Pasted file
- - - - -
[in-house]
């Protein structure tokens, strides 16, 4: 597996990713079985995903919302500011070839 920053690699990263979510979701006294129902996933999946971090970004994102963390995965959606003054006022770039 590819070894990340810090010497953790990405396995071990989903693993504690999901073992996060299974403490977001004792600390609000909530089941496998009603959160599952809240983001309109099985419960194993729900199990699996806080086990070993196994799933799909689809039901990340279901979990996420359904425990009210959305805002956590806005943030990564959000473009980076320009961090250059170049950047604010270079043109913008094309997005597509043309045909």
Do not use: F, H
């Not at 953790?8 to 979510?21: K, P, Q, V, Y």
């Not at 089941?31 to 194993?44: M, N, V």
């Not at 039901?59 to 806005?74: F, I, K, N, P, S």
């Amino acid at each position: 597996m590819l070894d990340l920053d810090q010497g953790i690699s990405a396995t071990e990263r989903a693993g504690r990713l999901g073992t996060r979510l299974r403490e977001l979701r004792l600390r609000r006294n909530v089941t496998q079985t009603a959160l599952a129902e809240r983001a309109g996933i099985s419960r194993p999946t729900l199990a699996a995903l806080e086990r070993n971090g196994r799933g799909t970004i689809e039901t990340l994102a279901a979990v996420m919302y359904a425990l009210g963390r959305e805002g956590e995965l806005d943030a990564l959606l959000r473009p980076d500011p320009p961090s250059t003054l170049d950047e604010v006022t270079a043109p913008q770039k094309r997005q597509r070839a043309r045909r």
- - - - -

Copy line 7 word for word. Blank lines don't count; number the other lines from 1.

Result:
């Amino acid at each position: 597996m590819l070894d990340l920053d810090q010497g953790i690699s990405a396995t071990e990263r989903a693993g504690r990713l999901g073992t996060r979510l299974r403490e977001l979701r004792l600390r609000r006294n909530v089941t496998q079985t009603a959160l599952a129902e809240r983001a309109g996933i099985s419960r194993p999946t729900l199990a699996a995903l806080e086990r070993n971090g196994r799933g799909t970004i689809e039901t990340l994102a279901a979990v996420m919302y359904a425990l009210g963390r959305e805002g956590e995965l806005d943030a990564l959606l959000r473009p980076d500011p320009p961090s250059t003054l170049d950047e604010v006022t270079a043109p913008q770039k094309r997005q597509r070839a043309r045909r």